There were eight caution flags in last Sunday’s Honda Indy Toronto and six of them involved cars running into each other. Only one penalty was assessed — to Mike Conway for allowing his car to hit Ryan Briscoe's.
There was no investigation of Takuma Sato for rear-ending Danica Patrick or Helio Castroneves for hitting Alex Tagliani, both of which resulted in full-course cautions.
How can Castroneves get into Tagliani and spin him around and there not be an investigation? If you are going to investigate Ryan Briscoe for running into Tony Kanaan, how can you not investigate Castroneves?
Ditto for Takuma Sato.
This is the sort of thing that has many people angry about the inconsistency of officiating in the IZOD IndyCar Series. Verdict: the officiating is about as bad as it is in the NHL, and that's saying something.
Then there was the penalty/no penalty levied/not levied against eventual race winner Dario Franchitti, who collided with Will Power and spun him around.
Shortly after they crashed together, TV play-by-play announcer Bob Jenkins announced that Franchitti had been handed a drive-through penalty. Jenkins mentioned this several times and went so far as to pontificate that Franchitti would be better to take the penalty sooner rather than later because to procrastinate might end up costing him down the road.
A few minutes later, he announced that IndyCar had decided not to penalize Franchitti.
After the race, IndyCar officials said they had never called a penalty against Franchitti. In fact, Al Unser Jr., one of the officials, went on live TV to say that a penalty had not even been considered.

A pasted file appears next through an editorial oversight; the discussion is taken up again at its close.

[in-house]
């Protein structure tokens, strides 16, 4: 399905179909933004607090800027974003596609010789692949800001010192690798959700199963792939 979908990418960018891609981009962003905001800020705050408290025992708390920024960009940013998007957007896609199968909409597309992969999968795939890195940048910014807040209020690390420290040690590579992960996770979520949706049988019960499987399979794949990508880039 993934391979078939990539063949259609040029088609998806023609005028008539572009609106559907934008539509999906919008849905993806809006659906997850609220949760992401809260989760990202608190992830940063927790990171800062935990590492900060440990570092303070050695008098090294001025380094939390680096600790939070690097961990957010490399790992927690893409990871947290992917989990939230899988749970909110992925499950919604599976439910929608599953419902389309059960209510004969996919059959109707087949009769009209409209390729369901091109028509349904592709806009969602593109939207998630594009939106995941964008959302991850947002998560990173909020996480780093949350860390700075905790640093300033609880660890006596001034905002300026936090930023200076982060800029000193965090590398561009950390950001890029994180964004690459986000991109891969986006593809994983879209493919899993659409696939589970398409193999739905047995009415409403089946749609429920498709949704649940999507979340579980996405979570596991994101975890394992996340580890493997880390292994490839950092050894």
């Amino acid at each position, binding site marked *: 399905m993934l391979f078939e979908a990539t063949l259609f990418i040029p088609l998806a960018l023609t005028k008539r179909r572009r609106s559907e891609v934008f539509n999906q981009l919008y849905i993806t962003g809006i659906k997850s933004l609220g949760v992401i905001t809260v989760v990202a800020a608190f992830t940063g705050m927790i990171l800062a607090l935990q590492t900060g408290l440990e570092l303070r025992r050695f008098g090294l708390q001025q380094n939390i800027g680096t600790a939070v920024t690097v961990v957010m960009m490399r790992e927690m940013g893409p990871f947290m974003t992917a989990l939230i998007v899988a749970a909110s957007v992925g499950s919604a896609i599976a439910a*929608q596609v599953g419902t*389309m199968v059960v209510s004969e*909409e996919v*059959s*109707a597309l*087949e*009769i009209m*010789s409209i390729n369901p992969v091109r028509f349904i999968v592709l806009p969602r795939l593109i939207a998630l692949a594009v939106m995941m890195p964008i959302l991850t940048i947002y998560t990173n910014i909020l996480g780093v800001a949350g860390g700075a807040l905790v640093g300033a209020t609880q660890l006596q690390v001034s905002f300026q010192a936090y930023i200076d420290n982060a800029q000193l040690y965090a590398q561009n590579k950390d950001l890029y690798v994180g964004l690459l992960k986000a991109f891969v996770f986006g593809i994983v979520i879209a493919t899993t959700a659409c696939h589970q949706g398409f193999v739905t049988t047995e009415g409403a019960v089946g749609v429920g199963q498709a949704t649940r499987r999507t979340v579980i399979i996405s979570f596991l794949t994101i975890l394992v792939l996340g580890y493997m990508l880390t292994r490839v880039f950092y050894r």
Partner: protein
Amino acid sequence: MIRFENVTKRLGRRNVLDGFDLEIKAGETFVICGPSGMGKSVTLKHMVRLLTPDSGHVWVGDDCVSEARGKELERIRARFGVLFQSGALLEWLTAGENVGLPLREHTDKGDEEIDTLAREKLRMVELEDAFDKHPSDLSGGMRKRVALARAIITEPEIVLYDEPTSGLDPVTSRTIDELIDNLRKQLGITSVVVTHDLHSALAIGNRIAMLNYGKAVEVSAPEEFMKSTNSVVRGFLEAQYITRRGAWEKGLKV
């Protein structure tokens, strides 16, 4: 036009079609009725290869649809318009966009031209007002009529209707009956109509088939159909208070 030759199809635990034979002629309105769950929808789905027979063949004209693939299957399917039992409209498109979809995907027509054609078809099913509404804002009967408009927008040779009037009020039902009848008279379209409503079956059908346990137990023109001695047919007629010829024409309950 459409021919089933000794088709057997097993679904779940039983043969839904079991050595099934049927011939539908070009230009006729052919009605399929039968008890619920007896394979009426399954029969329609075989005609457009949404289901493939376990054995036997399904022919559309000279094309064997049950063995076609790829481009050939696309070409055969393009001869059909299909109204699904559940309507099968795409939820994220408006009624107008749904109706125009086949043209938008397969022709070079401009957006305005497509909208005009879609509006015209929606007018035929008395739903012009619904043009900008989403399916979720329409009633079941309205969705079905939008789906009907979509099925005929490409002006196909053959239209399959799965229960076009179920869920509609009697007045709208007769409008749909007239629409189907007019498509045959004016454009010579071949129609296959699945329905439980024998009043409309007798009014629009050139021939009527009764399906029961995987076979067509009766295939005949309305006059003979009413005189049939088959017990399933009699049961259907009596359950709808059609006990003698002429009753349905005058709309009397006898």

So what’s going on? Did Bob Jenkins dream all that stuff up, or what?
The victim of Franchitti’s aggression was Will Power. Power suggested, on live TV, that race officials had been pressured into not penalizing Franchitti.
Said Power: “IndyCar won’t penalize him because Chip Ganassi goes up there and gives it to ‘em and it’s just wrong.”
Translation: IndyCar officials are afraid of the wrath of Ganassi and don't dare penalize his drivers.
Now, somebody wrote the same thing, or words to the same effect, on Paul Tracy’s Twitter account. The name Chip Ganassi was apparently replaced by the name of Randy Bernard, the IndyCar CEO. But the message was the same: race officials were bullied into not penalizing Franchitti.
Now, Tracy denies writing that and says it was the work of a hacker. But that’s immaterial. What’s interesting is that Tracy has reportedly been threatened with a hefty fine for allegedly Tweeting the same thing that Power said on live television.
If you’re going to threaten Paul Tracy with a fine (this was reported in the Indianapolis Star, by the way), shouldn’t Will Power also be fined for saying it first on television?
All anybody wants out of IndyCar is consistency. It ain’t gettin' that anywhere.